Their job is to return to their employers and, in turn, deliver
the training to their colleagues. NHS SMS pledges that, by March
2008, the training will be delivered to all frontline mental health
[as well as learning disability] NHS staff.
report on Geoffrey Hodgkin’s death makes grim reading, and
is dispiriting” admits Rick Tucker, NHS SMS’s head of
security management in mental health services. “But actions
have been since taken,” he says. Significantly, he claims
the training is obligatory. “It is a legal requirement –
in terms of a trust’s health and safety and healthcare commitments,”
discussing restraint, the debate around how long someone should
be held in a prone position is perhaps the most highly-charged.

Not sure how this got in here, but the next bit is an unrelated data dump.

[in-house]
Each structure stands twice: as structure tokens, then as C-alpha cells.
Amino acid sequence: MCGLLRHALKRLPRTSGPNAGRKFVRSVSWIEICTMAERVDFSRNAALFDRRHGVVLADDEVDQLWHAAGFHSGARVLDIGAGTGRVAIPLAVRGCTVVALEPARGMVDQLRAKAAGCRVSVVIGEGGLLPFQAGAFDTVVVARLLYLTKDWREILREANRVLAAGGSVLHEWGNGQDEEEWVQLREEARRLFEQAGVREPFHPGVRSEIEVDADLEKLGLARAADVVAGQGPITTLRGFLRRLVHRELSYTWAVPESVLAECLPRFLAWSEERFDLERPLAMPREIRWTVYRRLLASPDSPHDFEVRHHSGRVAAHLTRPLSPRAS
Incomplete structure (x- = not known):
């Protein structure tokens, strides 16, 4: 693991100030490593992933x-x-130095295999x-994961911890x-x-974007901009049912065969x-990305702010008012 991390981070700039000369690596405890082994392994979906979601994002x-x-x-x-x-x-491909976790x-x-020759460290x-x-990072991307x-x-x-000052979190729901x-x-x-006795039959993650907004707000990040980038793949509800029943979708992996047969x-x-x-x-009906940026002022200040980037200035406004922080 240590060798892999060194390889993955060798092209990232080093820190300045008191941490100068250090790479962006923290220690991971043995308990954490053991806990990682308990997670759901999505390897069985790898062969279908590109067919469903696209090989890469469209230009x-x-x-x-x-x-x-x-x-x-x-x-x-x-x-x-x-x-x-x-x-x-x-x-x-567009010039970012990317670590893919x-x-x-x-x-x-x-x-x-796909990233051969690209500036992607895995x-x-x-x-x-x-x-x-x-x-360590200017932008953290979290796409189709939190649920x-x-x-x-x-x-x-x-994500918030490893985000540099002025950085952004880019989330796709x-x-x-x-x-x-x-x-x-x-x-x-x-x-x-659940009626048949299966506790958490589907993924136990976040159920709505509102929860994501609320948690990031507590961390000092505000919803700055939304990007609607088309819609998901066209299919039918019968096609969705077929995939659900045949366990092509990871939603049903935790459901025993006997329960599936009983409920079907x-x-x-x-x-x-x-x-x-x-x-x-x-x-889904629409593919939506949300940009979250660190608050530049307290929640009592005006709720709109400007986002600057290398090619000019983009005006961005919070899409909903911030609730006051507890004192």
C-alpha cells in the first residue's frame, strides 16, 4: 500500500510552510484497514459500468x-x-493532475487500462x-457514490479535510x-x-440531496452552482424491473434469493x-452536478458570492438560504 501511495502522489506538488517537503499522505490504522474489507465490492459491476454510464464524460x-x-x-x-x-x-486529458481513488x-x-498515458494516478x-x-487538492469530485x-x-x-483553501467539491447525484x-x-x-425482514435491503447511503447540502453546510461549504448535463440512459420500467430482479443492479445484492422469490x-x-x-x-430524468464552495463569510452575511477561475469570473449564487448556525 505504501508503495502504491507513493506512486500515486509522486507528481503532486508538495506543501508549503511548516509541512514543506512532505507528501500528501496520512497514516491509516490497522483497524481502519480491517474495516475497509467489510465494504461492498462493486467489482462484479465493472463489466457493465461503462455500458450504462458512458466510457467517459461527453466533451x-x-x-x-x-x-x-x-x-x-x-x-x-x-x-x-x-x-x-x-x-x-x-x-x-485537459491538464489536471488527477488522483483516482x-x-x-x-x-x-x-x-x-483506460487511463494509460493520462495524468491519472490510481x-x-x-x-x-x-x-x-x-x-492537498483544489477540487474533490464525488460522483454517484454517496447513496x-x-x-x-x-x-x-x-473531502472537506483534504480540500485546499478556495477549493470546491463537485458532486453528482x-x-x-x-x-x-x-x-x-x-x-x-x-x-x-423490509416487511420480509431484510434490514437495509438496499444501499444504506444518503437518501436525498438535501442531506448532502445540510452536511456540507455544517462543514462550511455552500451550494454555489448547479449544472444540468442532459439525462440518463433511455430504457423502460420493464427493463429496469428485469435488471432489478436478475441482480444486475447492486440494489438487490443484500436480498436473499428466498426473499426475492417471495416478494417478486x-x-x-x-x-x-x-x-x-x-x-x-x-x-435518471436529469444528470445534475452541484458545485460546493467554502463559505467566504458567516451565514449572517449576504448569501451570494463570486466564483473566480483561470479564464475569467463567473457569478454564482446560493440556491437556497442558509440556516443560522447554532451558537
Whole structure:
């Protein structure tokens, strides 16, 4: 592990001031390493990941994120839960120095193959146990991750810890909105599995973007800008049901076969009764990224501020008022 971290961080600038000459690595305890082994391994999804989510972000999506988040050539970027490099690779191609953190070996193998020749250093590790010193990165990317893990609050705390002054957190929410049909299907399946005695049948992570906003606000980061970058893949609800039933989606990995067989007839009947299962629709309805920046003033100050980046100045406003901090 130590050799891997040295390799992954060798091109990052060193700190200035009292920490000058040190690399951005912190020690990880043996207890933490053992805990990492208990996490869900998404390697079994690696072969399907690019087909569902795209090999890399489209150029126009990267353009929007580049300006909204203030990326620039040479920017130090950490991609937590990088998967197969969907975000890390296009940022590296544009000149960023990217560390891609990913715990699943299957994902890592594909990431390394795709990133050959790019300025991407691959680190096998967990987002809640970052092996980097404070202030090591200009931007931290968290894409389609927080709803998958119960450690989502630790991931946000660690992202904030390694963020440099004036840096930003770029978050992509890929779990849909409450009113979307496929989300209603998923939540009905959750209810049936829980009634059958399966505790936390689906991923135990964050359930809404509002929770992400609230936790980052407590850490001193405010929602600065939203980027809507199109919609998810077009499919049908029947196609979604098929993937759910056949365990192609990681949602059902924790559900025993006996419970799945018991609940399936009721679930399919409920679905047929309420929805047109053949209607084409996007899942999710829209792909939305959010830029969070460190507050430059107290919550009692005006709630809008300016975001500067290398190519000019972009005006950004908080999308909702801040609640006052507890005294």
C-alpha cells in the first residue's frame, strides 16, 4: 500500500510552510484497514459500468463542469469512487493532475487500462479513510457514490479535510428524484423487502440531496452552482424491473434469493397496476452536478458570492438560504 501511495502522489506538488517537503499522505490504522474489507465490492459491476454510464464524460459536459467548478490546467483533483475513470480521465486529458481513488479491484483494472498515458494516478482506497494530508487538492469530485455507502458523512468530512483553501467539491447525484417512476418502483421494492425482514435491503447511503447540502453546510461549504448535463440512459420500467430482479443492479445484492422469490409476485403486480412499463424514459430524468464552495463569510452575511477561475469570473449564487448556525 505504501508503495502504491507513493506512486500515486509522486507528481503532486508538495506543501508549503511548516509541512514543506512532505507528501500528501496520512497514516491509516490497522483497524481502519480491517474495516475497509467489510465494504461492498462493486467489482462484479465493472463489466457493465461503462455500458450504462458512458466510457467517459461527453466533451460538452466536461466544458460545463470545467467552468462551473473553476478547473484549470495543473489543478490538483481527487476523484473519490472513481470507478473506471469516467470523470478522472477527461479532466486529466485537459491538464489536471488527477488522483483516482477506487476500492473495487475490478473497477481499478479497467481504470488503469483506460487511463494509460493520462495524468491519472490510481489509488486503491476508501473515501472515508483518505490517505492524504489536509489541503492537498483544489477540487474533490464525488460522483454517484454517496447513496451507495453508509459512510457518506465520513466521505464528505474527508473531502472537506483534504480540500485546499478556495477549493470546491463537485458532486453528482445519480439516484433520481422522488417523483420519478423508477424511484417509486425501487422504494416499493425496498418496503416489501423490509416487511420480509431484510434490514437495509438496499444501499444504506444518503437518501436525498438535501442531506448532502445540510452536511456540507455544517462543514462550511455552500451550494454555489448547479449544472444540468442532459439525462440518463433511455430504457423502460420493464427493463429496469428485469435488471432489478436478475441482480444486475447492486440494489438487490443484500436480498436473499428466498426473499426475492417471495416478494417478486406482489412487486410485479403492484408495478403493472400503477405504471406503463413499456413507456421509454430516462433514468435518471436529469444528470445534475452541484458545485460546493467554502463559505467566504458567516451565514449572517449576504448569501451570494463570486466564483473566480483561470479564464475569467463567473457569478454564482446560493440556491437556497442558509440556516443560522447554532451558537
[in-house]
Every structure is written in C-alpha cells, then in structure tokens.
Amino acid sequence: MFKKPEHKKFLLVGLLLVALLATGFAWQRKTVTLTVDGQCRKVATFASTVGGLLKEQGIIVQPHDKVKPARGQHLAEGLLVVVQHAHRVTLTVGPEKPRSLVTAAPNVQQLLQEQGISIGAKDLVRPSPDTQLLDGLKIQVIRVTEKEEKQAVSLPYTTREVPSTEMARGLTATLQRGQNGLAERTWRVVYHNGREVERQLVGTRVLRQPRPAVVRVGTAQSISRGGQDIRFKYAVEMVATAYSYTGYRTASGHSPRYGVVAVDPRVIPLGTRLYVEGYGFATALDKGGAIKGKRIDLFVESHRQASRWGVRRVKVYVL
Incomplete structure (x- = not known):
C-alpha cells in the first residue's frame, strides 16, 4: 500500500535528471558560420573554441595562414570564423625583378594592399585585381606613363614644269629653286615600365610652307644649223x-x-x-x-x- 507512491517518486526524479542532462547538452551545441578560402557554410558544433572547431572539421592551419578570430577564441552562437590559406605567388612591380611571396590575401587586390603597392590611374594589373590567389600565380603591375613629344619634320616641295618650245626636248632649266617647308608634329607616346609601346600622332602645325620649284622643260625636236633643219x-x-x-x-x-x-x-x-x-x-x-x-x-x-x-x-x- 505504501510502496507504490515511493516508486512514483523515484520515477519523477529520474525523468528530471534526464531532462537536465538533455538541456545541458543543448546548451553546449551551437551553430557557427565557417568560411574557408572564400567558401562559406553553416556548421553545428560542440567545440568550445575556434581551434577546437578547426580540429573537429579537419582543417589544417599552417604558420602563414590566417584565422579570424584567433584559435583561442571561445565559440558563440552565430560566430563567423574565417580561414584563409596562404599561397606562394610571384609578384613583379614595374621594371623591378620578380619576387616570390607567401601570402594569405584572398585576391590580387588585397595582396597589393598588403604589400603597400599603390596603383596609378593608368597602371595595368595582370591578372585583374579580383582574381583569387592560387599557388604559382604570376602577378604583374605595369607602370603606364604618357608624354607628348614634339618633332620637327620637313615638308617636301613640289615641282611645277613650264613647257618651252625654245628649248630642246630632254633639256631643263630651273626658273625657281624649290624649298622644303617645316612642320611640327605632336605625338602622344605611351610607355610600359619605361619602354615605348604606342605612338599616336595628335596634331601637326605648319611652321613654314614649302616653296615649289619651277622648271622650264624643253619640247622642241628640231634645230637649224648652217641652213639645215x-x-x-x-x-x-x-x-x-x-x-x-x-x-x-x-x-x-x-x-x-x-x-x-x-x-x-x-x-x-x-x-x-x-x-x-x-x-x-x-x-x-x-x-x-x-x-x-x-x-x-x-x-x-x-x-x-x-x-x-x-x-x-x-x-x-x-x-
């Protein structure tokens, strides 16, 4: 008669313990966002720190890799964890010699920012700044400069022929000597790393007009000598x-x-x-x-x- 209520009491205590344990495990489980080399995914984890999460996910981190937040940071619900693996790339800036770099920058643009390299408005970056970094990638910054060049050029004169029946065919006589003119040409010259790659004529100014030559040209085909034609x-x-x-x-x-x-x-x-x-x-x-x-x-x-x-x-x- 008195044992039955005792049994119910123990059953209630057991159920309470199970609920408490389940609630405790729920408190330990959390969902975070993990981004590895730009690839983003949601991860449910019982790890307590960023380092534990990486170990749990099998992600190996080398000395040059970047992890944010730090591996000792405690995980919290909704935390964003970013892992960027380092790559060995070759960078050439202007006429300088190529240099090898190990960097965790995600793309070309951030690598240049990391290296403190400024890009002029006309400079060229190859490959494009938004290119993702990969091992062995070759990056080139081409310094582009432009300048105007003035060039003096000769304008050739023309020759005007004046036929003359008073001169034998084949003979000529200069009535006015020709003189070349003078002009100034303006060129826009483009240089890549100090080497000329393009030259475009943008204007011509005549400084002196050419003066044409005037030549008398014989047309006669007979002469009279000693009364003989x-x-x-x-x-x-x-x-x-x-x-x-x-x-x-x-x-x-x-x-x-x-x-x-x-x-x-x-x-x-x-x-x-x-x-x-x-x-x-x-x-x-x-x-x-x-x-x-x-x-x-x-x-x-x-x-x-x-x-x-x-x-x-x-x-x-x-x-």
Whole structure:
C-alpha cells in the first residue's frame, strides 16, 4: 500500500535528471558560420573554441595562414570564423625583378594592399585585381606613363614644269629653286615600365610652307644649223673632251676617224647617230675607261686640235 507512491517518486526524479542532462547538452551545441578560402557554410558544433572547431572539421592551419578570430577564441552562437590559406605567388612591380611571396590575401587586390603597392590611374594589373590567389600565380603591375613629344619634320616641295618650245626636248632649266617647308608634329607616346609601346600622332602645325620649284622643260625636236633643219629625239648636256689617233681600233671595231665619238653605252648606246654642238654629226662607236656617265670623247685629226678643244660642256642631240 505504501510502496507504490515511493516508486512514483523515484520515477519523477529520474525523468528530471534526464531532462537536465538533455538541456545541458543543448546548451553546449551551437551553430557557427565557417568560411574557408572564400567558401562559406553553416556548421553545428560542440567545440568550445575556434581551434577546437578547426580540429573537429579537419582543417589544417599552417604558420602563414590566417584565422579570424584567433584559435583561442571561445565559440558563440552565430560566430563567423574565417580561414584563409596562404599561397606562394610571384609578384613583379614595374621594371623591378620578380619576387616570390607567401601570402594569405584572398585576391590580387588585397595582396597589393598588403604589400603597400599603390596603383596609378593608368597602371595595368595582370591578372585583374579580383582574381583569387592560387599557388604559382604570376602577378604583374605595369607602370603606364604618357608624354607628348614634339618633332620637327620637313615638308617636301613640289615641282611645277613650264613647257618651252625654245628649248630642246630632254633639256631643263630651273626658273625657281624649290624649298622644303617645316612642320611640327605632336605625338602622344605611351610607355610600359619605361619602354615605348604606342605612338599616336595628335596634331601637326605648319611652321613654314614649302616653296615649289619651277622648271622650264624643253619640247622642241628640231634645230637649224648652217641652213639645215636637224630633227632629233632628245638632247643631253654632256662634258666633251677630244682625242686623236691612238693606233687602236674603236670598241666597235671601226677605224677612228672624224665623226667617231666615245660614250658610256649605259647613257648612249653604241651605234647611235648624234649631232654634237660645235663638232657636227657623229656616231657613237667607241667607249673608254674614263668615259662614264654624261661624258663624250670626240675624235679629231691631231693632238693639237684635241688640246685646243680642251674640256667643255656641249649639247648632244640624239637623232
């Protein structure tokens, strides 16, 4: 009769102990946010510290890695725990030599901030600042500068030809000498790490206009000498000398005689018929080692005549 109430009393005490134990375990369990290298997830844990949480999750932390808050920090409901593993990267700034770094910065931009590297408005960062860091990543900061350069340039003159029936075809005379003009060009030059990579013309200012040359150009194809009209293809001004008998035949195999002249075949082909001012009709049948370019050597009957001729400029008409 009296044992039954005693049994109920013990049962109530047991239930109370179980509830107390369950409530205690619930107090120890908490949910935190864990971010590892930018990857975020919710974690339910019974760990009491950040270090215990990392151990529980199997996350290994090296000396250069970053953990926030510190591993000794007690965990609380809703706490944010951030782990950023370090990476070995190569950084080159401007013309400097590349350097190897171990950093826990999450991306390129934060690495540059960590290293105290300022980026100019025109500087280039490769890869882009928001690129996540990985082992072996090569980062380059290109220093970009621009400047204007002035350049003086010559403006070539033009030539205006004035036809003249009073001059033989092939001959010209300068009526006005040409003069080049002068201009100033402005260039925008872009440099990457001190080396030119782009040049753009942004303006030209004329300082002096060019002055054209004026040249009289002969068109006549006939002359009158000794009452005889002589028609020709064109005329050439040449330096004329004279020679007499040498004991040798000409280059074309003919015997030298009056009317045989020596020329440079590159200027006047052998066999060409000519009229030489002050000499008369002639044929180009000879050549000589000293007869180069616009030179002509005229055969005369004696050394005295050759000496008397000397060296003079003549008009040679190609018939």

The Bennett inquiry recommended patients not be held longer than
three minutes. But, in February last year the government rejected
Tucker, a nurse, believes a time limit is not all-important. “The
three minute recommendation is impractical,” he says. “The
main issue is to always be checking the physical well being of the
patient. When involved in high risk physical intervention, as a
clinician you have to be constantly assessing the physical well
being of a person. Plus, you should not lie across the back of the
legs, you should allow breathing to take place, and you should put
a patient being restrained into another position as soon as possible.
It’s a distraction to have a time limit.”
it is the bigger and bleaker picture of ward environments that is
the main focus for people working to de-escalate violent incidents
and physical restraint.
Nice’s guidelines were on the heels of a 2005 Healthcare Commission
audit exposing a violent ward culture which service user groups